Good Shepherd Catholic Regional School

Second graders in Mrs. Diane Ziegler’s room 104 take part during class activities at Good Shepherd Catholic Regional School in Woonsocket Wednesday.

By RUSS OLIVO

rolivo@woonsocketcall.com

WOONSOCKET — If there are fewer magnifying glasses than toddlers who want one at a table where they are learning about plants in Cheryl Lafond’s Pre-K class at Good Shepherd Catholic Regional School, it’s not an accident.

When kids are too young to be properly called pupils, Lafond makes subtly deliberate choices in her classroom of three-year-olds that are designed to promote social interaction and problem solving.

Not enough of those fun, red-rimmed magnifiers to go around? Her diminutive, wobbly-legged charges will have to figure out how to share with each other.

That’s called social development, and the sooner it starts, the better for anyone planning on becoming a productive member of adult society with healthy relationships.

“This age is really critical for that,” says Lafond. “It’s the foundation for all other growth and development.”

In a time when child psychologists and educators are sounding the alarm over what the epidemic of distance-learning and hybrid classrooms is doing to the brains of tomorrow’s grown-ups, the folks at Good Shepherd are paying close attention, but they’re not quite so worried. Unlike most public schools in the region, the overwhelming majority of its Pre-K to Grade 8 student body has been reporting for live classroom teaching since September.

Of course, what’s missing from distance learning is the opportunity for youngsters to negotiate and interact with their peers in live, person-to-person settings like those in Lafond’s class.

“Monday through Friday, we have school every day here,” says Principal Jennifer DeOliveira, who is also the administrator of the Greater Woonsocket Catholic Regional School System.

Parents have the option of choosing a distance learning regimen for their children, but about 90 percent of the roughly 200-member student body is presently coming to class. That’s about 10 percent more than at the beginning of the school year.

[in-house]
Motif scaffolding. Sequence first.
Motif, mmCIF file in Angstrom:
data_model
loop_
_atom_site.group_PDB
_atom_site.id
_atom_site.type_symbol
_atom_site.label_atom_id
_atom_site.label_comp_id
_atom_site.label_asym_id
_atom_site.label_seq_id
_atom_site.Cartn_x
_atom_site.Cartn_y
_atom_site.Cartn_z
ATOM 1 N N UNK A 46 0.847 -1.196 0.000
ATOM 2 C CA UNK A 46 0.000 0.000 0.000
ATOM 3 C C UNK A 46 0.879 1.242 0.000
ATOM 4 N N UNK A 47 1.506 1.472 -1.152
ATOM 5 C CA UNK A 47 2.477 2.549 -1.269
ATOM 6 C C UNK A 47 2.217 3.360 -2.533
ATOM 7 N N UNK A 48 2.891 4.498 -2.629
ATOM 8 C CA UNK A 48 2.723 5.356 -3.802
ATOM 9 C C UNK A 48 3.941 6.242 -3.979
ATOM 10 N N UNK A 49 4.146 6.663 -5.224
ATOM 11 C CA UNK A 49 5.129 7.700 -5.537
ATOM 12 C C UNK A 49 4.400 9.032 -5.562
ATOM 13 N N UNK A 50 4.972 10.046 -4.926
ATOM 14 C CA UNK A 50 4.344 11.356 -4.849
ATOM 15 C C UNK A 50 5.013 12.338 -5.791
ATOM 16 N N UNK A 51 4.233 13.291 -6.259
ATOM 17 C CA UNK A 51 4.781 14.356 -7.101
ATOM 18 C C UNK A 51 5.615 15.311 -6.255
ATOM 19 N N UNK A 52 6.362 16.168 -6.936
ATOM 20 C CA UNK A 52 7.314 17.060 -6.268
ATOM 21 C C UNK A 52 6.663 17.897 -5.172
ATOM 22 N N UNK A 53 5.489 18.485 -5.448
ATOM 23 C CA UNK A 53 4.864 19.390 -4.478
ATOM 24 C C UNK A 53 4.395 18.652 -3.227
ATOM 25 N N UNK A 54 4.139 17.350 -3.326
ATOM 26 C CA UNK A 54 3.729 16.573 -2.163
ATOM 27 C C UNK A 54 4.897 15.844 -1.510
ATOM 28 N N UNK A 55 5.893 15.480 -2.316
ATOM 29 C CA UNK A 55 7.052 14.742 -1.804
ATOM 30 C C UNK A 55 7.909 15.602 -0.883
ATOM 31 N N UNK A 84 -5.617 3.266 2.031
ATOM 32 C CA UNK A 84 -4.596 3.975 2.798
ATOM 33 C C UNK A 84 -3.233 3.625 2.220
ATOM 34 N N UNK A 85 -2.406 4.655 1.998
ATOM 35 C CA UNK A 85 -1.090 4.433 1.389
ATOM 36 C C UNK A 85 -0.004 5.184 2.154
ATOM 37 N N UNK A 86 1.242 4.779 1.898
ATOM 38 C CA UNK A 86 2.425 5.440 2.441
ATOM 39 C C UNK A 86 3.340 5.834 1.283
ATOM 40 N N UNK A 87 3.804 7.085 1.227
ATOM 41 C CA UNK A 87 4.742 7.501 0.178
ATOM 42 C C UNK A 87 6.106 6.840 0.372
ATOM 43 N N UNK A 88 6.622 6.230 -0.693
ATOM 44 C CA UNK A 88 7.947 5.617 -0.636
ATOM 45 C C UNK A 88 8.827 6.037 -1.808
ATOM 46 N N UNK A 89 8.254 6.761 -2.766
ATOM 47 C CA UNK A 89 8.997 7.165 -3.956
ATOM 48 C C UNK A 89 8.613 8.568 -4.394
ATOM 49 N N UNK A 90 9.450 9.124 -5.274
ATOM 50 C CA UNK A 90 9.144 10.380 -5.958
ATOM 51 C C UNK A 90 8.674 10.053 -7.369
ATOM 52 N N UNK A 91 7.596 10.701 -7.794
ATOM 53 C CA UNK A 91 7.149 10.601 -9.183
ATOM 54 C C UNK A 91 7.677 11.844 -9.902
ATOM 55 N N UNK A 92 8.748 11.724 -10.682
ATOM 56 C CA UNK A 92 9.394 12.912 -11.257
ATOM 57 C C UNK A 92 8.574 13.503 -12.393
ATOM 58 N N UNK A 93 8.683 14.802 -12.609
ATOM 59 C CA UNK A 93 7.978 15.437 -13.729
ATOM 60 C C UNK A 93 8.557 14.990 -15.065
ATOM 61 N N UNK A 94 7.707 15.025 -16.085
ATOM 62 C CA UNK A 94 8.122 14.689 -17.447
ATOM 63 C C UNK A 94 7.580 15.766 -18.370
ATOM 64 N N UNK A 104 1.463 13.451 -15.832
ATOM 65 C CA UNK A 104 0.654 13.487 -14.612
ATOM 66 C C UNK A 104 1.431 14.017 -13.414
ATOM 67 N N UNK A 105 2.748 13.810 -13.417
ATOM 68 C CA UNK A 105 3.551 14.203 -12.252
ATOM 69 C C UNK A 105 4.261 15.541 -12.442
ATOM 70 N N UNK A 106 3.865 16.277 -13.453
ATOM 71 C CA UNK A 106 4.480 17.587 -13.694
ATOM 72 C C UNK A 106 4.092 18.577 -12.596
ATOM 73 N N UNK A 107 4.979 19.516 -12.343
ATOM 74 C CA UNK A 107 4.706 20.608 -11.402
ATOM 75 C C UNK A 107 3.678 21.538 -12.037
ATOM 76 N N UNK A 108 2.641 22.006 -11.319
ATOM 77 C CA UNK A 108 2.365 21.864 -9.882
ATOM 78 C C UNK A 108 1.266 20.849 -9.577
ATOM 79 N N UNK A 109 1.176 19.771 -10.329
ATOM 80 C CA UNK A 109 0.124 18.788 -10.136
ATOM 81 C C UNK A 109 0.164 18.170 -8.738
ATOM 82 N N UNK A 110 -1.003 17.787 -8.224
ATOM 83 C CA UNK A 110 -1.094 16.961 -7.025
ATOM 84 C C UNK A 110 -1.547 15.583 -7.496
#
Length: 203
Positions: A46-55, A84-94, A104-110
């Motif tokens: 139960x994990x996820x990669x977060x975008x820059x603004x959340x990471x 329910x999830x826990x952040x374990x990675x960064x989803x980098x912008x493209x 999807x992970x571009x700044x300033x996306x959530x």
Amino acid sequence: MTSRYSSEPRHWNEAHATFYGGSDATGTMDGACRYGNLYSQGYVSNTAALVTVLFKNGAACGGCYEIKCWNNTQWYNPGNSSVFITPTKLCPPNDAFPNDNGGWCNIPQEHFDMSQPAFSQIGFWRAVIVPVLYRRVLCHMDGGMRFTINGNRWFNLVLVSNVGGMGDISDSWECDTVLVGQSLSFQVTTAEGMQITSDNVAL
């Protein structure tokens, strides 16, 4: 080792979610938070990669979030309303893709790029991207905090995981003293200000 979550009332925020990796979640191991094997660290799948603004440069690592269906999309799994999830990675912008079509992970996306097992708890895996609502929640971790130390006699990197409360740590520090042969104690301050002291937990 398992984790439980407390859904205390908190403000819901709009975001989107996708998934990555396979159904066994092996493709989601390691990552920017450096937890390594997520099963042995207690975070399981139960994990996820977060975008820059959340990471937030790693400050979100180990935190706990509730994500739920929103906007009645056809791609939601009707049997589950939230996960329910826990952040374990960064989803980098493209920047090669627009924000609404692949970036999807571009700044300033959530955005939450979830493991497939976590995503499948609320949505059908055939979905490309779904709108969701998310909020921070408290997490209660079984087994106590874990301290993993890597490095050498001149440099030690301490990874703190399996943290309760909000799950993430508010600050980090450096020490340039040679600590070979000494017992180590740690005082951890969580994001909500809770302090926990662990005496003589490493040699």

“I think a lot of them were nervous and they wanted to see how it went at the beginning,” says DeOliveira.

Although it had to close one classroom for contact tracing early on, Good Shepherd has operated without interruption during the course of the school year. The telltale signs of social distancing and precaution are everywhere, however – corridors dotted with hand sanitizing stations, rerouted entryways and exits to minimize physical contact among students and classrooms redesigned to make sure they’re capped at 22 students who can sit at least six feet apart.

It’s been a good deal of work to run classrooms fit for the COVID-19 era, but that wasn’t the only challenge Good Shepherd faced in getting the doors open. This is the first academic year since the school system absorbed five Pre-K to Grade 2 classrooms from the now-retired Monsignor Gadoury Elementary School on the other side of town. Ironically, Monsignor Gadoury has found new life as a mass vaccination site for COVID-19, taking appointments from the city and neighboring North Smithfield starting on Feb. 18.

Letting go of Monsignor Gadoury was a sound move for both educational and logistical reasons, with benefits for students and parents, says Patricia Brouillard, Good Shepherd’s dean of early childhood development.

One of the few Catholic Pre-K to Grade 8 schools in the region, Good Shepard, located at 1210 Mendon Road, draws students from all over northern Rhode Island and nearby Massachusetts – as far away as Milford. Some of them have children at both the elementary and middle school levels. Now they can drop them all off and pick them up in one location, rather than make two stops on opposite sides of town.

“We wanted to have accommodations that would suit their needs,” she says. “It helps the parents because all the children are in one building.”